Through explorations of literature, students can immerse themselves in worlds unlike any they have seen before. When teachers educate their pupils in classic works of literature, there are a number of objectives they may seek to accomplish. Though distinct from each other, each of these objectives works in tandem with the others to create an overall understanding of, and appreciation for, literature and the individuals who produced the masterworks.

Build Reading Skills

To build reading skills, students must practice reading regularly. Reading literature provides another avenue for this simple practice. Particularly during early-reading instruction, teachers who read literature in their class often aim to help students hone these all-important skills.

Create Connections

Reading literature isn’t just about learning about the works themselves, but also about learning how the world works. Through the exploration of literature, students have the opportunity to put themselves in others’ shoes, giving them the chance to see how people are connected and better understand the complex dynamic of the human relationship.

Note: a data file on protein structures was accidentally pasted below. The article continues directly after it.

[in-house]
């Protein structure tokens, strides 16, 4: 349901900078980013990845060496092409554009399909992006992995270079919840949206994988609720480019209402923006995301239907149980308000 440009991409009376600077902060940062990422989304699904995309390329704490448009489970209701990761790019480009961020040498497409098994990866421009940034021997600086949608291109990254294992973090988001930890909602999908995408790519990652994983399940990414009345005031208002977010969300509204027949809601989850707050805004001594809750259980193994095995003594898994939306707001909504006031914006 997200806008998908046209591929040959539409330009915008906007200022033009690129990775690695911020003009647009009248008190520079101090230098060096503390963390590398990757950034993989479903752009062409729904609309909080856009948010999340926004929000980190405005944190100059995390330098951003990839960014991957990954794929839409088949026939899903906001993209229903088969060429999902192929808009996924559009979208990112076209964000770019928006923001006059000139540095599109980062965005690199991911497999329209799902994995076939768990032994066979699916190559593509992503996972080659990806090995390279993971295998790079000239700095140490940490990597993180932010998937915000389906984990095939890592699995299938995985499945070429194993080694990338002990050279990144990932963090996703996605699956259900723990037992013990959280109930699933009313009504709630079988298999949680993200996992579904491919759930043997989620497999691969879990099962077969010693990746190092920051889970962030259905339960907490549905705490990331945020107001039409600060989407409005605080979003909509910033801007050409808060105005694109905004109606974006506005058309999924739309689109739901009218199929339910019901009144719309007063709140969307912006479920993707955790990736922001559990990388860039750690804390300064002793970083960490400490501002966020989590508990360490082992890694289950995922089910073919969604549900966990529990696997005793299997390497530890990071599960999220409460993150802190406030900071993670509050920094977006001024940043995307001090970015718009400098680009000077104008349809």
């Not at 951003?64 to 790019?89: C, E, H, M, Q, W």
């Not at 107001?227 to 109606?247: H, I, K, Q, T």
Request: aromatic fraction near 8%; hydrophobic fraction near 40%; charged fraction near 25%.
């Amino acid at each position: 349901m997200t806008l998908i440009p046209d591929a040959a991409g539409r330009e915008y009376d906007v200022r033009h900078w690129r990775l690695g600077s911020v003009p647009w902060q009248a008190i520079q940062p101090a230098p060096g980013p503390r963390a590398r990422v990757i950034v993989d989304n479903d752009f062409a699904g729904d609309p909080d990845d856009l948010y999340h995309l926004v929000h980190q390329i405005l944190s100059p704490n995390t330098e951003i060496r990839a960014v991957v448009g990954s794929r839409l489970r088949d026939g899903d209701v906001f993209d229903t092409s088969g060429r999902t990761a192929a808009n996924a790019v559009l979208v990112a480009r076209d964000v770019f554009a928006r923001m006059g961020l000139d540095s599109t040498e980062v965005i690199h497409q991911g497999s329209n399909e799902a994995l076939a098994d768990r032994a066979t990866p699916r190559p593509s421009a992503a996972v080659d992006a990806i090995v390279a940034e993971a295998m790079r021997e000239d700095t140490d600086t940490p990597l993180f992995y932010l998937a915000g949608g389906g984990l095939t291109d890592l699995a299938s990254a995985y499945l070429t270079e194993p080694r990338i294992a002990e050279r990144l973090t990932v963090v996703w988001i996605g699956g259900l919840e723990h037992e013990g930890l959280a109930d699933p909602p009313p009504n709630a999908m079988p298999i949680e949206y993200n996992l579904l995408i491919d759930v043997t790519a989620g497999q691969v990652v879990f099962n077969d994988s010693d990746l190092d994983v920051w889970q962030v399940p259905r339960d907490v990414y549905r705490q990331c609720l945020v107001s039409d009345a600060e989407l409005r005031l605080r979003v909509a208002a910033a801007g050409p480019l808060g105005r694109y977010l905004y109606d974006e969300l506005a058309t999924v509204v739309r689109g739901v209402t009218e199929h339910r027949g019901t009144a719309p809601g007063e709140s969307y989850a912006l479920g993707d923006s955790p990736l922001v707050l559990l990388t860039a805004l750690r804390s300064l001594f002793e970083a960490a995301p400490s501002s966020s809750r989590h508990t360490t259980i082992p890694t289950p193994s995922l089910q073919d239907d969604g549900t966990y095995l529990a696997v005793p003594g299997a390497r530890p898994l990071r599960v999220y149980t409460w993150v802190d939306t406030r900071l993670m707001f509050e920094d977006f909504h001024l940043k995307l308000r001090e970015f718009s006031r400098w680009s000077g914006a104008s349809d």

Promote Empathy

By seeing how actions of others can affect characters within literature, readers can develop their abilities to be empathetic. Teachers promote the development of empathy by engaging students in discussion of literary works, highlighting the emotional aspects of the pieces in question.

Foster Appreciation

Through regular reading and learning to understand literature, readers can develop an appreciation for the art form. Teachers often seek to foster this appreciation by providing students with works of literature that will appeal to them as well as ones that are relevant to their lives, showing them that literary works have merit and meaning.

Allow for Enjoyment

By carefully selecting literary works, teachers can show their students how enjoyable reading literature can be. Because many students fail to enjoy reading literature because they don’t understand the words that fill the pages, teachers can allow for this enjoyment by helping students develop a better understanding of written works.